Energy a bigger risk for business than health and safety

Businesses rank energy as a greater risk to them than health and safety, credit and security, according to a new white paper. And a key strand of that energy risk […]

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By Tom Gibson

Businesses rank energy as a greater risk to them than health and safety, credit and security, according to a new white paper.

And a key strand of that energy risk is reputation.

Dr Samuel Fankhauser of the London School of Economics, which put together the white paper with npower, said: “Reputation, as talked about in the white paper, points towards consumers being aware and demanding change, and this creates a risk for business.”

He said that in studies relating to the CRC, organisations were more concerned about the reputational value of the league table than they were about the financial penalties involved with the scheme.

David Midori, of the Home Retail Group, which owns Argos and Homebase, admitted reputation was becoming increasingly more important. “Cost always comes at the top of the agenda, but we don’t want to be behind our competitors. Our shoppers want to feel like they’re buying from a responsible retailer, so reputation has been pushed up the agenda.”

David Cockshott, head of industrial and commercial markets at npower, explained the thinking behind the white paper: “Our aim in commissioning the white paper was to reveal the risks energy poses to businesses, show how they are likely to change in the future and ultimately, how organisations can manage these risks.”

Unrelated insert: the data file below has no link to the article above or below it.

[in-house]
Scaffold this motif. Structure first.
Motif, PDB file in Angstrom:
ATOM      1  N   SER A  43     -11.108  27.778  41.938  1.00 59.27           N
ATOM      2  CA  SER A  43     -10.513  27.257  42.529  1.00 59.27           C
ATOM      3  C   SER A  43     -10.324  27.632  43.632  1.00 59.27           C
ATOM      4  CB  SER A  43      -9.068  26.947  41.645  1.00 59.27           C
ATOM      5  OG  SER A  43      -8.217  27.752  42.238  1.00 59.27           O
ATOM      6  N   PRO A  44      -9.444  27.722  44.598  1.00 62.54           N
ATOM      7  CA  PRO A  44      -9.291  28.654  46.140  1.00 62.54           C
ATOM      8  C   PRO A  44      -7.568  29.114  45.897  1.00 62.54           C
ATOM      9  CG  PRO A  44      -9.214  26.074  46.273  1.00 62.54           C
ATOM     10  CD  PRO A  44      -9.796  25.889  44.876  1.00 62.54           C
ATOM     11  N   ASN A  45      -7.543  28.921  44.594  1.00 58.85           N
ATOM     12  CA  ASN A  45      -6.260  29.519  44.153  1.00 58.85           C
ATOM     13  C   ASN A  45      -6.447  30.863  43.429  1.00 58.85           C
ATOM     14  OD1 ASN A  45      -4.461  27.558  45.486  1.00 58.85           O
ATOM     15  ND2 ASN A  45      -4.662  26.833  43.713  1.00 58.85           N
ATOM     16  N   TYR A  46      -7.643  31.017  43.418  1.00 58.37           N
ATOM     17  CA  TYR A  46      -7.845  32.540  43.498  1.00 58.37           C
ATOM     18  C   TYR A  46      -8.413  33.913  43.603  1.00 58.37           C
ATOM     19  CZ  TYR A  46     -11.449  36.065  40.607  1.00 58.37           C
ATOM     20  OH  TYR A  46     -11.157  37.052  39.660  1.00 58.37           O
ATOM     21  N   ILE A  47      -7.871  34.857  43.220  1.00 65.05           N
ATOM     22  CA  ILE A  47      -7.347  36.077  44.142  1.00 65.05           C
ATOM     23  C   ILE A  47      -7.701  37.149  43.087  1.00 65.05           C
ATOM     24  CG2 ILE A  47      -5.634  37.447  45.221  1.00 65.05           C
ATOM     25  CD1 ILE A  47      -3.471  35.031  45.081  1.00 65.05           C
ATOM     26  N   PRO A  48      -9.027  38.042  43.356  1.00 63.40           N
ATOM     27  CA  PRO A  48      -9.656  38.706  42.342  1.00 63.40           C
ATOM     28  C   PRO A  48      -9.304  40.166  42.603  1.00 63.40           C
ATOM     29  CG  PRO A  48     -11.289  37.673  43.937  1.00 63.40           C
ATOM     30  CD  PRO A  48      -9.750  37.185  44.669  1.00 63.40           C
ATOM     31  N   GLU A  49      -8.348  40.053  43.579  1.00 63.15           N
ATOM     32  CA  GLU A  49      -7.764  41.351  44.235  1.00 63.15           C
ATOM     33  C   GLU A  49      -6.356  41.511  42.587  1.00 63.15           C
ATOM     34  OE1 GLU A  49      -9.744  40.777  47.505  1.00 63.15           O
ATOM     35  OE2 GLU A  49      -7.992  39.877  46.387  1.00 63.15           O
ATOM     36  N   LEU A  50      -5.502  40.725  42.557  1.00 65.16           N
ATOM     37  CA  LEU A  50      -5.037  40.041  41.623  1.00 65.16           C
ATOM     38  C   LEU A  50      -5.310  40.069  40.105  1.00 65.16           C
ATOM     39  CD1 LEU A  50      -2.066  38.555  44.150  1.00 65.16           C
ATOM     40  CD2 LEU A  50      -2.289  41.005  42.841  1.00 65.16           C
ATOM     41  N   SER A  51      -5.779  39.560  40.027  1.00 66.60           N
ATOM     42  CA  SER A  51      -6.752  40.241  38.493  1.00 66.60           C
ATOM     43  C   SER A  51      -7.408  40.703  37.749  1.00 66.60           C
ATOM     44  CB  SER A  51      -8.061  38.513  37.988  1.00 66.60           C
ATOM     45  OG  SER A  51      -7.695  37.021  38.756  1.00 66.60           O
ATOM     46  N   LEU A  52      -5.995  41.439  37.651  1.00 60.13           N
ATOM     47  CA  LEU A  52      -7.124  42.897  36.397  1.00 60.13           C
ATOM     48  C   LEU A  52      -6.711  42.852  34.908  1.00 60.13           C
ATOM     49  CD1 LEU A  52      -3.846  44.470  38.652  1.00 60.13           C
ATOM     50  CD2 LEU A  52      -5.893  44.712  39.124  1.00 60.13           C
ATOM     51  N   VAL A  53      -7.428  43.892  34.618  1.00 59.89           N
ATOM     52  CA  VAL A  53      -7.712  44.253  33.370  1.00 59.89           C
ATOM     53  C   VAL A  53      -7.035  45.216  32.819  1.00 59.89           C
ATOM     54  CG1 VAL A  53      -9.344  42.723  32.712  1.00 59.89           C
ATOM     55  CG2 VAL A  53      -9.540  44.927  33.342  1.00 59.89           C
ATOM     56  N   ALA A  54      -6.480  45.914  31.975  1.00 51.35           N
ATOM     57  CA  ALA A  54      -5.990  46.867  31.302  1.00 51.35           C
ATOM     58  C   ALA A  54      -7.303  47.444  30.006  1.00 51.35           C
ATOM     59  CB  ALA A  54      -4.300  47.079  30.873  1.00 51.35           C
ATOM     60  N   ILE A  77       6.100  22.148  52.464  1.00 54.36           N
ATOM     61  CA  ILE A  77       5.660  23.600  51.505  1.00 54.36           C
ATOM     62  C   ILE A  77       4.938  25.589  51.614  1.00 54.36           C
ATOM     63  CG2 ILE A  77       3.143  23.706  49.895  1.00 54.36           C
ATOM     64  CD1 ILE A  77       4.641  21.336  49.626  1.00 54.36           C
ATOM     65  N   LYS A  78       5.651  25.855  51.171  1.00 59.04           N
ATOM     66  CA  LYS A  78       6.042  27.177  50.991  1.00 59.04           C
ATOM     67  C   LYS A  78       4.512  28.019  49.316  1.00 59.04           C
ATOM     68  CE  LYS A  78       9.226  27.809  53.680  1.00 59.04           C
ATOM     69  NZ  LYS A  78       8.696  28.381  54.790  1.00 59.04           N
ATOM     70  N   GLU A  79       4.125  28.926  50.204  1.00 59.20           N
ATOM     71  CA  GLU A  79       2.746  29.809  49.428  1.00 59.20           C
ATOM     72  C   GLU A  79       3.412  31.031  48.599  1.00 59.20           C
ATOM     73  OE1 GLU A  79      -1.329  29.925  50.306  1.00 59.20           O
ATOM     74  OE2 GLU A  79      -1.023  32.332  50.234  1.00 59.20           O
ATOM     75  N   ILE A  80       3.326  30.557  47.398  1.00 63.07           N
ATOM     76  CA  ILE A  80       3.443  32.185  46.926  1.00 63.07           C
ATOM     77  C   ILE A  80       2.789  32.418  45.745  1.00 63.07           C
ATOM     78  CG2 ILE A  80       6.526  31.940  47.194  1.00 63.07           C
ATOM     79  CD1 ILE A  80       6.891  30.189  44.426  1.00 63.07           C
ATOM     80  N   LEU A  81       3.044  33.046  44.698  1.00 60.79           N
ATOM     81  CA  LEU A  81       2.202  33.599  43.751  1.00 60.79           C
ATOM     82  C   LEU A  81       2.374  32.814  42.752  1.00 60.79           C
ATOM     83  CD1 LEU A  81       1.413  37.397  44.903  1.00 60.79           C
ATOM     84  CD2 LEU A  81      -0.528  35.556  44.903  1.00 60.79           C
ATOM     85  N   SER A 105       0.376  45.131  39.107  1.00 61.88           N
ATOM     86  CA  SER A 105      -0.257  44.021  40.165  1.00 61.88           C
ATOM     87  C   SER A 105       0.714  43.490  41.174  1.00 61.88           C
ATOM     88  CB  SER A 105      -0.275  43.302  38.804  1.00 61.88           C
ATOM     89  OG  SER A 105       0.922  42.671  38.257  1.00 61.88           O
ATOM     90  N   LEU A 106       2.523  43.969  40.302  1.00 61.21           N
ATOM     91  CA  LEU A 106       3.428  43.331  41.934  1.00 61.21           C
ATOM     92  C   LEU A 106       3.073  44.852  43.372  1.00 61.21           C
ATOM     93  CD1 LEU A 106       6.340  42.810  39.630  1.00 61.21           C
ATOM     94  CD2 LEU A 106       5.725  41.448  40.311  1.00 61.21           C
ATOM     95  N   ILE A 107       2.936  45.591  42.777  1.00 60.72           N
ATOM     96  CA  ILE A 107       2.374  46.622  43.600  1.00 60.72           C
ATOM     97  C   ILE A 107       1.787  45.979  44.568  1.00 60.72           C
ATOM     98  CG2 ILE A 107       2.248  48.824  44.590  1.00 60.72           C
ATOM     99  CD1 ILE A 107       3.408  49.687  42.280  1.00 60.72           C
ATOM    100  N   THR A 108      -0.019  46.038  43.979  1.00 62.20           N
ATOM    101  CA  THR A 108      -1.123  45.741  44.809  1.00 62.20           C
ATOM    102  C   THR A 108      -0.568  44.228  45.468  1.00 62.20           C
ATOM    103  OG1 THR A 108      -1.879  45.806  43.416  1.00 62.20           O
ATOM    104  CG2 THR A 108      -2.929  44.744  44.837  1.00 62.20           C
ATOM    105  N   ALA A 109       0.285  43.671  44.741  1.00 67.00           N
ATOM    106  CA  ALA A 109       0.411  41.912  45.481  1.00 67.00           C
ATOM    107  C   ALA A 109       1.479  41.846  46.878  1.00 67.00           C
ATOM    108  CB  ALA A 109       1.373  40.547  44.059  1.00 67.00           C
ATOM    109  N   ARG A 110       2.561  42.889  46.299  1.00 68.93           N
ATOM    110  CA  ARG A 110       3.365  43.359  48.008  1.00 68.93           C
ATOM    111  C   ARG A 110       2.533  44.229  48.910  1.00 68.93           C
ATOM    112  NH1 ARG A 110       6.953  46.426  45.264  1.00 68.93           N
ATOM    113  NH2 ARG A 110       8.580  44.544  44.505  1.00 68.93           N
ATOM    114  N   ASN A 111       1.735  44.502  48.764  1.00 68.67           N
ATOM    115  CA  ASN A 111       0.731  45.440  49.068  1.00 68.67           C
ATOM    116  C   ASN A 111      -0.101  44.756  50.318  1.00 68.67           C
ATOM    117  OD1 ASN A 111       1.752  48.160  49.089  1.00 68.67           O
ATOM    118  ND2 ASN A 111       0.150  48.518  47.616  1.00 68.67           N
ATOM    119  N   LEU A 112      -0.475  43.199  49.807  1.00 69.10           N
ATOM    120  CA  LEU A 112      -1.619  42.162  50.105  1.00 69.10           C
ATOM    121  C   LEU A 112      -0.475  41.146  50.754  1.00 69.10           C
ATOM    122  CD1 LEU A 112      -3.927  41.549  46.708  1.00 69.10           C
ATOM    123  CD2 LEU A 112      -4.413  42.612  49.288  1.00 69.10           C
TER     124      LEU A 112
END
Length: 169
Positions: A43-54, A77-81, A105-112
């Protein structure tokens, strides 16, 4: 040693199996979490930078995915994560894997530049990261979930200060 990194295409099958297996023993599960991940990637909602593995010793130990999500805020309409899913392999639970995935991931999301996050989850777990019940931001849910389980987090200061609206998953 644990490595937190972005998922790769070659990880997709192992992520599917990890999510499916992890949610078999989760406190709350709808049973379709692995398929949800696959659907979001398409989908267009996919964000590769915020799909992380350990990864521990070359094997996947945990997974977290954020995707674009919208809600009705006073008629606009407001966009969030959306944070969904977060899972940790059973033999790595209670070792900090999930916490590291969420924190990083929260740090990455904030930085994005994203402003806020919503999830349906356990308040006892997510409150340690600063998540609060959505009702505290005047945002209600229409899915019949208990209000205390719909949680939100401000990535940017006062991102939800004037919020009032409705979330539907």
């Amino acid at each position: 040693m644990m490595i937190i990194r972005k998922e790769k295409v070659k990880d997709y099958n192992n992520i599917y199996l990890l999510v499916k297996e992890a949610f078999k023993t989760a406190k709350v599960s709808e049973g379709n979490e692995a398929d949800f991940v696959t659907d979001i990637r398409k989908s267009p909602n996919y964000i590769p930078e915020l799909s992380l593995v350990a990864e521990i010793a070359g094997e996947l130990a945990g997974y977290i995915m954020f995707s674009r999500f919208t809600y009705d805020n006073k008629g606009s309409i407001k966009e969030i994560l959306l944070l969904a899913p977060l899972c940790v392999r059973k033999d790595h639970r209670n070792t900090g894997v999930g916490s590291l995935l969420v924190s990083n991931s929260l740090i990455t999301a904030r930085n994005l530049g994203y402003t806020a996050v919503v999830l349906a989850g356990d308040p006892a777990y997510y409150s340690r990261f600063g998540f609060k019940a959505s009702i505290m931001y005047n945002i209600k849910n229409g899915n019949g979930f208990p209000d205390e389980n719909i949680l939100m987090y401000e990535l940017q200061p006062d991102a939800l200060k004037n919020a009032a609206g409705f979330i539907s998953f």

Dr Fankhauser told ELN: “For us at the LSE, energy management and carbon management is important and underated.”

He listed five risks to UK businesses: Increasing energy prices; increased volatility in energy prices; price risks from carbon regulation; inherent reputation risks from carbon regulation; and increasing regulatory and technological complexity.

The white paper suggests businesses make energy a high priority and create integrated strategies that bring together the top levels of management and energy procurement to plan ahead in order to combat such risks.

Mr Cockshott added: “Information changes behaviours. The question is, will we be able to act on it?”

Gerry Donnelly, an energy procurement manager at Shell, wanted certainty in regulation: “The main thing for me is to know where power places are going to be beyond 2015. The white paper’s relevant in that respect. One of my big frustrations is legislation. The whole thing’s upside down now.”

Leanne Broadbent of Powerisk, which provides energy risk management tools, agreed: “Our biggest risk is trying to keep on top of the regulatory changes. As a small consultancy, we don’t have massive resources for people to just be tracking papers that are coming out of government. That’s a challenge for us and it would be nice to see a level of stability coming into the regulatory arena.”